Control and Trust as Moderating Mechanisms in addressing Vulnerability for the Design of Business and Economic Models (CONTriVE)


The £1.2m Research Councils UK (RCUK)-funded CONTriVE (Control and Trust as Moderating Mechanisms in addressing Vulnerability for the Design of Business and Economic Models) is the HALL’s anchor research project. Personal data holds great potential to benefit commerce and society. At the institutional level however, concerns are increasing over the risks associated with data access, ownership, privacy and confidentiality. CONTriVE’s main purpose is to investigate whether and how these institutional concerns are reflected in the perceptions of individual users.

CONTriVE will establish a new programme of research in digital economy by understanding how individual subjective perceptions of users with regard to cybersecurity relate to organisational and institutional views on cybersecurity. By gaining this understanding, we seek to develop new business models that would allow businesses to minimise individual perceptions of vulnerability with regard to issues of privacy, security, and trust. Ultimately, the focus is on how companies can design products and services that address an individual’s vulnerability.


What CONTriVE aims to do

  • Test for individuals’ perception of vulnerability for a set of digital purchases under conditions of low control and low/high trust and vice versa (with institutional perception of individual vulnerability as low and communicated to be low)
  • Test for individuals’ perception of vulnerability for a set of digital purchases under conditions of low control and low/high trust and vice versa (with institutional perception of individual vulnerability as high and communicated to be high)
  • Redesign Service on the HAT, where individuals own and control their own data and re‐test for individuals’ perception of vulnerability in live environment as indicated above.
  • Create business model design principles from the perceived control and trust mechanisms that can be used by businesses to de‐risk business model innovation.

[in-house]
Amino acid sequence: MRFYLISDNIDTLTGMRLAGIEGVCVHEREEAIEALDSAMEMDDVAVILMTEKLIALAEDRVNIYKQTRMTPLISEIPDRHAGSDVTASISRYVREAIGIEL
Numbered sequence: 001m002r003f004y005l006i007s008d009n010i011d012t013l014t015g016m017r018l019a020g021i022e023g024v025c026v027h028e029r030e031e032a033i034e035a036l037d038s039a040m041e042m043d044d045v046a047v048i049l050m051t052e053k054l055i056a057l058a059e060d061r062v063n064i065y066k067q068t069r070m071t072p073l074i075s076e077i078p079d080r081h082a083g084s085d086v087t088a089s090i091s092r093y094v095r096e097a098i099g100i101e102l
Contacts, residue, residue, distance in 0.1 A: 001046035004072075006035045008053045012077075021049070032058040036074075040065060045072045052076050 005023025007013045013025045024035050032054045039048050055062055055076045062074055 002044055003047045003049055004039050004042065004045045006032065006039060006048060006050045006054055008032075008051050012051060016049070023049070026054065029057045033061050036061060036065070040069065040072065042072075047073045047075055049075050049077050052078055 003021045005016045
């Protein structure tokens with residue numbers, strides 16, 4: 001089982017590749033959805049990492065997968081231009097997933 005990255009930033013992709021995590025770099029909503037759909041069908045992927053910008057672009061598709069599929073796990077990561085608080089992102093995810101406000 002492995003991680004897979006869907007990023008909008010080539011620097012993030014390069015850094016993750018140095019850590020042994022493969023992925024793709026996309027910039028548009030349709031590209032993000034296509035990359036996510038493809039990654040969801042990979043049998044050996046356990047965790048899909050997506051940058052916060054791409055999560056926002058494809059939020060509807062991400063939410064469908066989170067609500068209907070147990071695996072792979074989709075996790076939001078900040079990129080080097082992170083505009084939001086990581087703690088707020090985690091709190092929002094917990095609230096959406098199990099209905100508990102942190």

• Support the production of new product/service offerings ‘in the wild’ that can help mitigate individuals’ perceived vulnerability requirements.
  • Develop policy recommendations for regulators.


Creating impact

CONTriVE  goes beyond a simple understanding of user technology consumption patterns and economic outcomes through use data. We aim to create impact by working with usersbusinesses, and policy makers . We will engage users directly (by recruiting them for experimental studies) and indirectly (through outreach to the wider HAT community and general public). Our proposed research will improve user decision‐making by applying social‐science concepts and principles to HCI (Human-Computer Interaction) and HDI (Human Data Interaction) problems. At the same time, it will make new contributions to theory in decision science and service systems, by understanding how perceived vulnerability is used by decision makers, how it can be reduced to allow for making more optimal decisions in the future, and how providers can understand vulnerability to better serve the users through development of new products and services.


Our research has impact at three levels:

User Level: We will model and quantify how well users perceive privacy risks, and the interaction between vulnerability and trust, vulnerability and security, vulnerability and control, and vulnerability and privacy. This will provide a much deeper understanding of the importance of perceived vulnerability amongst different users in different contexts, and help overcome the gross over‐simplification of the problem addressed by purely technical solutions.